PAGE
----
Robert Owen and the survival of things

Tonight, the University of Glasgow is opening its Robert Owen Centre for Educational Change. Owen was a great social reformer and utopian socialist, who had an enormous influence on radical movements in Britain and Ireland. He is popularly associated with Scotland (although not specifically with Glasgow) through New Lanark, an industrial village founded in 1786, and centred around a cotton mill, which Owen managed after marrying the owner’s daughter.

Owen had strong and clear ideas about education. The nature of his ideas is expressed in the name that he chose for the school and adult education centre at New Lanark: the Institute for the Formation of Character was formally opened on New Year’s Day 1816. Essentially, Owen thought of education as a training for citizenship: ignorance and community were, he thought, incompatible; his ‘new view of society’ depended upon a literate, sober, disciplined, physically active, hard-working and well-informed population.

For Owen, education was not only inseparable from social change but was its essential precondition. It is, then, entirely appropriate that the Welsh-born and Manchester-(adult)-educated Owen should lend his name to a centre which will study educational inequalities and promote educational change. Hats off to my colleagues at Glasgow for this initiative, and I’ll be looking forward to seeing the results of its work in the years ahead. Here, though, I want to draw attention to the contrasting fate of two Owenite communities: the village of New Lanark, and the settlement at Orbiston.

New Lanark is one of Scotland’s outstanding visitor attractions, which has been garlanded by UNESCO as a World Heritage Site. It is indeed beautiful, sitting as it does in a valley below the Falls of Clyde, and comprising a group of solidly-built stone buildings. As manager, Owen insisted on well designed and equipped workers’ housing, as well as impressive public buildings designed to improve their spiritual as well as their physical needs. As well as believing that this would make the workers more productive, Owen hoped – rightly – that the village would also attract visitors, who would be persuaded by his views.

New Lanark stands to this day as an intensely physical symbol of progressive education, factory reform, humane working practices, and forward-looking town planning. But Owen also has another strong Scottish connection, through his association with the short lived co-operative community at Orbiston, now subsumed into the North Lanarskshire town of Bellshill. James Archibald Hamilton, radical landowner and military man, was keen to promote Owenite co-operative production, and in 1825 he gave over part of his estate at Orbiston for use by an Owenite community. The experiment lasted little longer than other Owenite communities in Britain and North America, and was wound up at the end of 1827.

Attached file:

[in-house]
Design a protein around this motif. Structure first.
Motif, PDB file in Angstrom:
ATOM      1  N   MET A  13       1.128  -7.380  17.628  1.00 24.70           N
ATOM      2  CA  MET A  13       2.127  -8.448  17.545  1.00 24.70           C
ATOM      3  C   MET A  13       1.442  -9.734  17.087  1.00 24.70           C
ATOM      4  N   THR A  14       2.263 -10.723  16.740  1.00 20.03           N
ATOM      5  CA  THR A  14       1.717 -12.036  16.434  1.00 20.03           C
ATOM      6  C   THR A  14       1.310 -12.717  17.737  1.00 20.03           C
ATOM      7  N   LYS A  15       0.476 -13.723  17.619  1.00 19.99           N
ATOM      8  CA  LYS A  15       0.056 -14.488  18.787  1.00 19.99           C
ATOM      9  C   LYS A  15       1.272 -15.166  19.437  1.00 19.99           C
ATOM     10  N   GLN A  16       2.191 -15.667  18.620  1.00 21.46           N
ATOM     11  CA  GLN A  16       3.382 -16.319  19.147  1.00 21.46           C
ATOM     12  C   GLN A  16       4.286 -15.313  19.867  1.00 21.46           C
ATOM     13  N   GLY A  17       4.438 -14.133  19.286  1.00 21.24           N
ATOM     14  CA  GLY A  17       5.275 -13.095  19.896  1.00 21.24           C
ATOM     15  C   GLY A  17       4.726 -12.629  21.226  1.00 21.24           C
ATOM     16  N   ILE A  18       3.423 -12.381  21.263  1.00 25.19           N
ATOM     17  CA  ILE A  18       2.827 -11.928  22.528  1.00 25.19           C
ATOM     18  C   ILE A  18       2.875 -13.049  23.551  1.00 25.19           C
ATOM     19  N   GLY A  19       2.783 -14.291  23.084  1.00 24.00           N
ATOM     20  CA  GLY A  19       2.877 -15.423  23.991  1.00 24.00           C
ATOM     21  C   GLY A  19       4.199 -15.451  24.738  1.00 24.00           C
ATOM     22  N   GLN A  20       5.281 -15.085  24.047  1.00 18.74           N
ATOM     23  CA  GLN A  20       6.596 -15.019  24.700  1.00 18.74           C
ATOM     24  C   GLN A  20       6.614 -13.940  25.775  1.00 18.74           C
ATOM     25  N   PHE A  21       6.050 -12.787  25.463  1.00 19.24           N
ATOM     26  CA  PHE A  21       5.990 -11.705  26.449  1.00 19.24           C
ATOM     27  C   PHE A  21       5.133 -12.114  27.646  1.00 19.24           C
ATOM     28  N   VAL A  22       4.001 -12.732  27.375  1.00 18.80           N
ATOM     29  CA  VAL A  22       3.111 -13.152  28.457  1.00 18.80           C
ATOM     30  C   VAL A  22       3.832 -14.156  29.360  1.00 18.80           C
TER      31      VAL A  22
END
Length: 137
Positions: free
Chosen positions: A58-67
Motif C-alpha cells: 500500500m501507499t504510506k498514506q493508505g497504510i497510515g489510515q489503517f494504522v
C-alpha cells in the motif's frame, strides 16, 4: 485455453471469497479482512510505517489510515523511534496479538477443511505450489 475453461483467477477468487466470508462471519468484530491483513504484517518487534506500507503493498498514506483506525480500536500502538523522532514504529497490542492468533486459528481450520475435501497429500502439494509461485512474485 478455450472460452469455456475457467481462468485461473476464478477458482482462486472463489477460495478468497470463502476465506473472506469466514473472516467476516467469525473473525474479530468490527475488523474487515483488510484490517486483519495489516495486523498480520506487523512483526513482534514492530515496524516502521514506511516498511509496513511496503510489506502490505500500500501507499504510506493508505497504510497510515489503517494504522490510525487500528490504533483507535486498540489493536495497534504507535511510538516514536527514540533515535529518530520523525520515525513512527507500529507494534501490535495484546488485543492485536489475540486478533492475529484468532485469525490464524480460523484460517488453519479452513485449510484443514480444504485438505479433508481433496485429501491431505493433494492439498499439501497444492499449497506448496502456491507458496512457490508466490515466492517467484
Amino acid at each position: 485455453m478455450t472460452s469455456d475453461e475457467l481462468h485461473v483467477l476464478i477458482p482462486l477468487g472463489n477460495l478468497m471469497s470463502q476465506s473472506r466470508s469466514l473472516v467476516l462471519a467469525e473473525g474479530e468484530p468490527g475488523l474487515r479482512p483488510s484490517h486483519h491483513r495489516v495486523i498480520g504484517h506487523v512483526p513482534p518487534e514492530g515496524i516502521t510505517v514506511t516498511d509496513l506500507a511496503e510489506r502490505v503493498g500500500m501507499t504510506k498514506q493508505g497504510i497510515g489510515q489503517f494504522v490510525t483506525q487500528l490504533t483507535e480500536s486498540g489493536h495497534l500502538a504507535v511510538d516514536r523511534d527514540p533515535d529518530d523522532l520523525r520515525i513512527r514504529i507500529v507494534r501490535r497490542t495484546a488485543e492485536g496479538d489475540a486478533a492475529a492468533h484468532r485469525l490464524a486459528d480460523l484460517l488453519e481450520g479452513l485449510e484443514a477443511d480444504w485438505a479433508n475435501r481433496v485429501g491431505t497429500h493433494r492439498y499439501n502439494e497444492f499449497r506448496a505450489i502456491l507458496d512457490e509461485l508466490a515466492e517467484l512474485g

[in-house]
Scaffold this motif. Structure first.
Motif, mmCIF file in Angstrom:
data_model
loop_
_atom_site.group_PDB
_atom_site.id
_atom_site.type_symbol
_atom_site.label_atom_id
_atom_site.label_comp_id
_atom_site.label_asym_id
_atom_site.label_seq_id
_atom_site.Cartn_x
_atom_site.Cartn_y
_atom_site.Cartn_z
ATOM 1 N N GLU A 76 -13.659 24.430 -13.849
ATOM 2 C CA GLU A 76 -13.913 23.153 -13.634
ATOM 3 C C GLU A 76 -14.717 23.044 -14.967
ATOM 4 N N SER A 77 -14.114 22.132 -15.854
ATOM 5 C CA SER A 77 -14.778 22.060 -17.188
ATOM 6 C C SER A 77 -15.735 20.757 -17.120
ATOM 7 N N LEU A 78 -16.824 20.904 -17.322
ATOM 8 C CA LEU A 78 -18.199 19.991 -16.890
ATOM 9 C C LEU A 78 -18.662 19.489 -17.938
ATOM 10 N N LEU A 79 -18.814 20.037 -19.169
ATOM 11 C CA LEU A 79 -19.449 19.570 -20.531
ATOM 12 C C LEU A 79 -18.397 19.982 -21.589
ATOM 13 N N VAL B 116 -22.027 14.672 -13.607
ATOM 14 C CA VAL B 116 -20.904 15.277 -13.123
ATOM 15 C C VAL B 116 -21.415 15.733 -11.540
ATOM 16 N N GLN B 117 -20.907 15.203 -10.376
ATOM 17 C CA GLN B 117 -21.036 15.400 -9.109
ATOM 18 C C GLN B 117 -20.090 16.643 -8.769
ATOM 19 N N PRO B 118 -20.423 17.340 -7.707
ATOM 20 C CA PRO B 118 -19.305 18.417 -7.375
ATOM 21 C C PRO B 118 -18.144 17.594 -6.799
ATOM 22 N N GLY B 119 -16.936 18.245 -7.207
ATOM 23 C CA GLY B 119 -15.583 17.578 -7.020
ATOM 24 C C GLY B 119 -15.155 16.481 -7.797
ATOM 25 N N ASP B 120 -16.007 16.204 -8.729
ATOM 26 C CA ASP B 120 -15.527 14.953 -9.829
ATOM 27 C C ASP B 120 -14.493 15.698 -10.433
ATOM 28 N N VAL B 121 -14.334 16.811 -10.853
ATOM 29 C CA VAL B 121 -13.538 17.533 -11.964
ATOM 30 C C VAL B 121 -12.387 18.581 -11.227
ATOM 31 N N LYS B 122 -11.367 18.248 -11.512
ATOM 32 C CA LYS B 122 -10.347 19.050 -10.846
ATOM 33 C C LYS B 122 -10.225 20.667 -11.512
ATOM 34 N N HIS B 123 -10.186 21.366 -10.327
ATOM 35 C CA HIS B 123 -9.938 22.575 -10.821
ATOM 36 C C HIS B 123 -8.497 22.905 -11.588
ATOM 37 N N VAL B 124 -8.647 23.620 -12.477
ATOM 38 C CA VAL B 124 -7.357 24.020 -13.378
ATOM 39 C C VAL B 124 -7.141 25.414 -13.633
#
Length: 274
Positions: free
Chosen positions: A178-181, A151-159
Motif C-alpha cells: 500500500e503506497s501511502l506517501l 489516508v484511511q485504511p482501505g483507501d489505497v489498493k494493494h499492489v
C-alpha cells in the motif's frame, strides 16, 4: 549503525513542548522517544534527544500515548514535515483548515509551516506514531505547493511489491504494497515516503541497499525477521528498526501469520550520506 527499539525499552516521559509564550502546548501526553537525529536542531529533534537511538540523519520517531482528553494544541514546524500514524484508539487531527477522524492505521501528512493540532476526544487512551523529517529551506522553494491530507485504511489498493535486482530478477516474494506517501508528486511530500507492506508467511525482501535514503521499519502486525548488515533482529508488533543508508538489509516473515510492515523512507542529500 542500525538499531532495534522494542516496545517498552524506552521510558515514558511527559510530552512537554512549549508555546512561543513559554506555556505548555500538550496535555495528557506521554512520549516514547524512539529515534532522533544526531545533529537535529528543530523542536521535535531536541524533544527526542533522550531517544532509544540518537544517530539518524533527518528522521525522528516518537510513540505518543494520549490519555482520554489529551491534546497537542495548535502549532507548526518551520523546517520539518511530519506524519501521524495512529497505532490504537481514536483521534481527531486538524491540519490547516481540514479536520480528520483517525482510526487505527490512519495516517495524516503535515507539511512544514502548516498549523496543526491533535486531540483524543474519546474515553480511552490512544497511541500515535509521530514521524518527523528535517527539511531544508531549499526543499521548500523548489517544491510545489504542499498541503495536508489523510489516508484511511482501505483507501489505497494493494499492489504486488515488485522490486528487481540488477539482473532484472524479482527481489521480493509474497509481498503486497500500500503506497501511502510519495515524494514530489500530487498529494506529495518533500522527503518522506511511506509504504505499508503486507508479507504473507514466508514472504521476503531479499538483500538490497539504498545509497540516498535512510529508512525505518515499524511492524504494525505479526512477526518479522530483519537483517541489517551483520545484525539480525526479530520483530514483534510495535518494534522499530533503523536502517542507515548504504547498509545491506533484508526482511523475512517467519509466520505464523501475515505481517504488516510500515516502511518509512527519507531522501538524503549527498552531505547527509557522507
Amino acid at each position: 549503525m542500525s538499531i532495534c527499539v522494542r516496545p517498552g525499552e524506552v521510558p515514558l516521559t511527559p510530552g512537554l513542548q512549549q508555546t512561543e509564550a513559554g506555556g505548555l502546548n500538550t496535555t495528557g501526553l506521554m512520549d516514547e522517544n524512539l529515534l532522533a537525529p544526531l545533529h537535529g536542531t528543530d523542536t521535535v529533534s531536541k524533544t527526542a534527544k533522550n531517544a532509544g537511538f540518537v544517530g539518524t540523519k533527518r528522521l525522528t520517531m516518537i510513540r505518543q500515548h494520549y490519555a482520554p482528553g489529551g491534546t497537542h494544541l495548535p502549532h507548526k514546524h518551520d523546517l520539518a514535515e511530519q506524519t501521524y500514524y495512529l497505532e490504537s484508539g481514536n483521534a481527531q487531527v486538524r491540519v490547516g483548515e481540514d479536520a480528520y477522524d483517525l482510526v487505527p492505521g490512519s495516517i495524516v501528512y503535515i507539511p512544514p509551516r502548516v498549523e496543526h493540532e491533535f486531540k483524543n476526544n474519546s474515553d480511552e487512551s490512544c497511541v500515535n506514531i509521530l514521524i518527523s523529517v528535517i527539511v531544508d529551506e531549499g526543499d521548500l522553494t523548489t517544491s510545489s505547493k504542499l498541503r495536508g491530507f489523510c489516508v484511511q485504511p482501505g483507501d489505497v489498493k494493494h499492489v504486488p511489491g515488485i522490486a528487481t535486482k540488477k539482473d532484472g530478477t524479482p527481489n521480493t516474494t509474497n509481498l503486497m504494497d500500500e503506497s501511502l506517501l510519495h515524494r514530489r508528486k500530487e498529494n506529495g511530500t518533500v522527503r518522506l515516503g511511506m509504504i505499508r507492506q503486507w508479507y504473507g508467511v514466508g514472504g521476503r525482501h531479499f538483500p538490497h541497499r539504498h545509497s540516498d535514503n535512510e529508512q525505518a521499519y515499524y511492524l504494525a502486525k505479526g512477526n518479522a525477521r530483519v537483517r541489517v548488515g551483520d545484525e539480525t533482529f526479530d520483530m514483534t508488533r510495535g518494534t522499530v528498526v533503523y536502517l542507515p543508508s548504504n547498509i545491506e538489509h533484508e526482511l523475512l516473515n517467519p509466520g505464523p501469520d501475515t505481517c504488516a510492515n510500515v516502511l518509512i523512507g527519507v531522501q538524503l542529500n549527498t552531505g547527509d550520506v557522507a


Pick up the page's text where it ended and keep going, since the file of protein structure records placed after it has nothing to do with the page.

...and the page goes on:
Orbiston gives us at least as much of an idea of Owen’s thinking and its reception as does New Lanark. Like all such radical settlements, Orbiston was also a movement of learning, in two senses. First, it required educational institutions and practices in order to produce the new women and men of the new moral order; and second, it was a huge exercise in learning how to live otherwise. And as Ian Donnachie’s account makes clear, Owen also saw it as a demonstration project, from which the gentry would learn to change their attitudes towards the working class, and understand that crime and pauperism were the products of Old Society, with its inbuilt imposition of popular ignorance and disorder.

Nothing of Orbiston survives. Those who use Strathclyde Country Park are treading what was once Owenite land; the rest of us use the ferris wheel as a landmark as we drive past on the M74. One set of memories is enshrined in a world heritage site, the other set lies under a theme park. This is probably inevitable, but remember that the most imposing physical remains – planned villages, majestic castles, proud palaces and ruined abbeys – invariably distort our understanding of the past.